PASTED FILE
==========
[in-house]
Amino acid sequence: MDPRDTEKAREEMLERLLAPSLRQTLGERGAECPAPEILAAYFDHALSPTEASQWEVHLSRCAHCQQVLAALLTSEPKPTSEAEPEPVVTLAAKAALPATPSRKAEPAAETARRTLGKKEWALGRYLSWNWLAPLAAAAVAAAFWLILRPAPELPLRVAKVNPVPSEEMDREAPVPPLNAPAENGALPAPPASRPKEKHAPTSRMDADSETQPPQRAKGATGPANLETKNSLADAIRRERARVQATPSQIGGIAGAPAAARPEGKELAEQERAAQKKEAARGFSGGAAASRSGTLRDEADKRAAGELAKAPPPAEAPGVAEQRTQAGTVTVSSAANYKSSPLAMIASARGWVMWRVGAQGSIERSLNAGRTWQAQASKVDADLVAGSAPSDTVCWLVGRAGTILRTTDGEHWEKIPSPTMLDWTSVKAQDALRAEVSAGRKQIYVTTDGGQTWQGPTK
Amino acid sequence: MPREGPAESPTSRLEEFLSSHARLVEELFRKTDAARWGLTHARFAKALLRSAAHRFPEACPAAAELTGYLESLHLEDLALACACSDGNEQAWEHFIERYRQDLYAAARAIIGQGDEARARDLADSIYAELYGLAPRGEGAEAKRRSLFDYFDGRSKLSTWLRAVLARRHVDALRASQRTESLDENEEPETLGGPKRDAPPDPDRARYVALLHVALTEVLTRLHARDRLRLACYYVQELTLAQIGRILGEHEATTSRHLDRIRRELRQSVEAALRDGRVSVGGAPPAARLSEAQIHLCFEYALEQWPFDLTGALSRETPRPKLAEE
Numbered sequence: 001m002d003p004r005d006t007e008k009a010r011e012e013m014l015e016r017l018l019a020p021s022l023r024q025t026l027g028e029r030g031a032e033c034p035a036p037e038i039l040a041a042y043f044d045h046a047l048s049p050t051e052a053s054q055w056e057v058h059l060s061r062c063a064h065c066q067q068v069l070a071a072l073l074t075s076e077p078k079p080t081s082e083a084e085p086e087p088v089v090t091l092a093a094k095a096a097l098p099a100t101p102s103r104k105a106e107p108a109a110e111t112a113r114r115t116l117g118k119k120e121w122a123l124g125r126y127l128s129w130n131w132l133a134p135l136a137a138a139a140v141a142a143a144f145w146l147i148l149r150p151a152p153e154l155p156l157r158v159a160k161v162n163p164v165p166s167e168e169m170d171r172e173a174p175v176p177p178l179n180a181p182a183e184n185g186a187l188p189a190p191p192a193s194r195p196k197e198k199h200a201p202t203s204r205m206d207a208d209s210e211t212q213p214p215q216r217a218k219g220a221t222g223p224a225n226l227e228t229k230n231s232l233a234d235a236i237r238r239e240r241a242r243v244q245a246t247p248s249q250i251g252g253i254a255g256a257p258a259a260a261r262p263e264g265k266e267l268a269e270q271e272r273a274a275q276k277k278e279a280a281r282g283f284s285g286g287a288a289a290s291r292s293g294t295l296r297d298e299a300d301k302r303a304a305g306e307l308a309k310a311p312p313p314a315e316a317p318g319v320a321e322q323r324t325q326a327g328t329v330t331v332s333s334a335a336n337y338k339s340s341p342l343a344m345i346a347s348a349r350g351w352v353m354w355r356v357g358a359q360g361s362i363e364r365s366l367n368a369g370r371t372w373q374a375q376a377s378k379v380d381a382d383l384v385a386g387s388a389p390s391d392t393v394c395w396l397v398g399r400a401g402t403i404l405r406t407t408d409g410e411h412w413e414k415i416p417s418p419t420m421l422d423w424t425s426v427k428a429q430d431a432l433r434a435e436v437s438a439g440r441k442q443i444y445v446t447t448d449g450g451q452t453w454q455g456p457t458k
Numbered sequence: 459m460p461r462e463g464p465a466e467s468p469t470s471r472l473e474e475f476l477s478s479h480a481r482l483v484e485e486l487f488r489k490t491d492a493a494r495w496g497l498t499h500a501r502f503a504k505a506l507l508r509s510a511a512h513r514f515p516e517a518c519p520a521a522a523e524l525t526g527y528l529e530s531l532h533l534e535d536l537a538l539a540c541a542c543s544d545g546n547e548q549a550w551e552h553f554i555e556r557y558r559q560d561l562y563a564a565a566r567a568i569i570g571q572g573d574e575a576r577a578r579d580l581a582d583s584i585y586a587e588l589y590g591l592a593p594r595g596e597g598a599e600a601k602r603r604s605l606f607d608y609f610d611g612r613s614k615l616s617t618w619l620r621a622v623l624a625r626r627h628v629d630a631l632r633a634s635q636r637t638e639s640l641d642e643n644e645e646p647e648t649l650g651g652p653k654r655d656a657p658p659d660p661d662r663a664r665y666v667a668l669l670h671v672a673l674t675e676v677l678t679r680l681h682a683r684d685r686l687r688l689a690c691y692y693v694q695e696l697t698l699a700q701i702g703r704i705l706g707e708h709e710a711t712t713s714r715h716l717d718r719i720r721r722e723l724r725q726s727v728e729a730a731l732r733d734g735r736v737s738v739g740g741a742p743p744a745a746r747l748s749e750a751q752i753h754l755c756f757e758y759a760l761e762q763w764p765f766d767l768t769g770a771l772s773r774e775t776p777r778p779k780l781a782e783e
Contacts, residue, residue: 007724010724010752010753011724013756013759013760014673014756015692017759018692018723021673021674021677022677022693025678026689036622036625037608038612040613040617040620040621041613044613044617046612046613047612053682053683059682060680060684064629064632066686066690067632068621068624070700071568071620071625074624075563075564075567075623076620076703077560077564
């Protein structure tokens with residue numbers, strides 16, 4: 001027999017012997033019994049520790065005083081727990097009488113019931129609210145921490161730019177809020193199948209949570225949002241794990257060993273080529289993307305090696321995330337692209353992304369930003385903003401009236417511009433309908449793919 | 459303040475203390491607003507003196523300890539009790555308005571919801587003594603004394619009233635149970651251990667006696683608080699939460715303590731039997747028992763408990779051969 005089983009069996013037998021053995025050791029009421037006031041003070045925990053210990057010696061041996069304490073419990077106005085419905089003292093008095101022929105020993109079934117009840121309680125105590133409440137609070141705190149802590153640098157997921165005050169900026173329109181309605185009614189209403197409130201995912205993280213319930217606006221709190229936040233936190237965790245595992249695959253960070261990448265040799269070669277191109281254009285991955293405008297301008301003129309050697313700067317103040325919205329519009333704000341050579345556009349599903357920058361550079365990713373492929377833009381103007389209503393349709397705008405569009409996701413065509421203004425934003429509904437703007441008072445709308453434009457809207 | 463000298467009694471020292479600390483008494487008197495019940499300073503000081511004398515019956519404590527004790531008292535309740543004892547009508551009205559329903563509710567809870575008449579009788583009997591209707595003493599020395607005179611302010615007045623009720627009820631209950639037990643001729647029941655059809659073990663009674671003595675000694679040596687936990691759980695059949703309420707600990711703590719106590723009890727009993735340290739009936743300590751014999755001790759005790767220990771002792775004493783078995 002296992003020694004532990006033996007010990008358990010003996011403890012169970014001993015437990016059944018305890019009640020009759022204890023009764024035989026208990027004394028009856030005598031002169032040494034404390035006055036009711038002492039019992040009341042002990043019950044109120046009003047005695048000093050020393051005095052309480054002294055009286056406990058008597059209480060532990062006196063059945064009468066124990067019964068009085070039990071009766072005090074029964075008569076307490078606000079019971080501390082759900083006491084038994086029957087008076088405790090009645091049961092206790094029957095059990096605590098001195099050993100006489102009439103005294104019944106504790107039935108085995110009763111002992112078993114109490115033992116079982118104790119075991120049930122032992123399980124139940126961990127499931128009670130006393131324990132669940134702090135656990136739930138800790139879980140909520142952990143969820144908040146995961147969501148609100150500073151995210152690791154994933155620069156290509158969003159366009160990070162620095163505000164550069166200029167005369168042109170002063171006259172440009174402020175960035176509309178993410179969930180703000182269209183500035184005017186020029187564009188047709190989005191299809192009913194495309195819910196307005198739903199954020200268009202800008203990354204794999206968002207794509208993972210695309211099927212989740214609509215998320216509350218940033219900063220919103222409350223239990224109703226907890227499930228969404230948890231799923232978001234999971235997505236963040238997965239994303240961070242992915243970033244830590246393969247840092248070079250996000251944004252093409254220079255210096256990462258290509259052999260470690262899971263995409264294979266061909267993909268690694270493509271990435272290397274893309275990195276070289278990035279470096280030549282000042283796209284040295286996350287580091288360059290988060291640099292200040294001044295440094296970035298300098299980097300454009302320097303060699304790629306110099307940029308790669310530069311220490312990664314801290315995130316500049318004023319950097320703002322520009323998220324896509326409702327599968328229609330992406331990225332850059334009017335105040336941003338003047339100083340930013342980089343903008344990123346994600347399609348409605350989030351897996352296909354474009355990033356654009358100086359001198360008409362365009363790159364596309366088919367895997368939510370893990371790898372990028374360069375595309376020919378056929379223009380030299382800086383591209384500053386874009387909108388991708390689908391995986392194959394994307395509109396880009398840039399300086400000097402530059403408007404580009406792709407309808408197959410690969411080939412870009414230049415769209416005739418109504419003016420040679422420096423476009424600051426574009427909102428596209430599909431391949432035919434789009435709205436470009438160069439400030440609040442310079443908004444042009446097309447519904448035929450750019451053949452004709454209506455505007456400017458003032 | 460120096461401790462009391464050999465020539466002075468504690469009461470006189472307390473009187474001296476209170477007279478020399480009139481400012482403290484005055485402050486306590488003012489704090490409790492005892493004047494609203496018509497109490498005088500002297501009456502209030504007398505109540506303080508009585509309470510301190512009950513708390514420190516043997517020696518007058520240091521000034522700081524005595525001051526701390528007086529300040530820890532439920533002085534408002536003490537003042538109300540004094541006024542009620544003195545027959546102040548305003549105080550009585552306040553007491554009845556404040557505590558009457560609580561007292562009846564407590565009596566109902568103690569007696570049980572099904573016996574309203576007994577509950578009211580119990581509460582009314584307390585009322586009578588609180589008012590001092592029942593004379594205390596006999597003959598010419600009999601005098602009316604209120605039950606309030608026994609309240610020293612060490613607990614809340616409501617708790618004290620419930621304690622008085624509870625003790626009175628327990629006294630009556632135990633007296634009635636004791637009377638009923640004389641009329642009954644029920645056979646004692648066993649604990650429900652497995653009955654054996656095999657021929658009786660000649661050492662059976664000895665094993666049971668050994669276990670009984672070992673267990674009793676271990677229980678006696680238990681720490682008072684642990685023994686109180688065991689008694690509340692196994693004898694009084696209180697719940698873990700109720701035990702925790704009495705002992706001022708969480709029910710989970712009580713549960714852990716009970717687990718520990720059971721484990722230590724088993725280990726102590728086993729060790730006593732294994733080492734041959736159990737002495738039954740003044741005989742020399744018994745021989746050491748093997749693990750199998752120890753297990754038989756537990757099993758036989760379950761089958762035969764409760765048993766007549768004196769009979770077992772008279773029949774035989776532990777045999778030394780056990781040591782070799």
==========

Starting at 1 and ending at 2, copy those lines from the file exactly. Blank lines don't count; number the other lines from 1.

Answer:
[in-house]
Amino acid sequence: MDPRDTEKAREEMLERLLAPSLRQTLGERGAECPAPEILAAYFDHALSPTEASQWEVHLSRCAHCQQVLAALLTSEPKPTSEAEPEPVVTLAAKAALPATPSRKAEPAAETARRTLGKKEWALGRYLSWNWLAPLAAAAVAAAFWLILRPAPELPLRVAKVNPVPSEEMDREAPVPPLNAPAENGALPAPPASRPKEKHAPTSRMDADSETQPPQRAKGATGPANLETKNSLADAIRRERARVQATPSQIGGIAGAPAAARPEGKELAEQERAAQKKEAARGFSGGAAASRSGTLRDEADKRAAGELAKAPPPAEAPGVAEQRTQAGTVTVSSAANYKSSPLAMIASARGWVMWRVGAQGSIERSLNAGRTWQAQASKVDADLVAGSAPSDTVCWLVGRAGTILRTTDGEHWEKIPSPTMLDWTSVKAQDALRAEVSAGRKQIYVTTDGGQTWQGPTK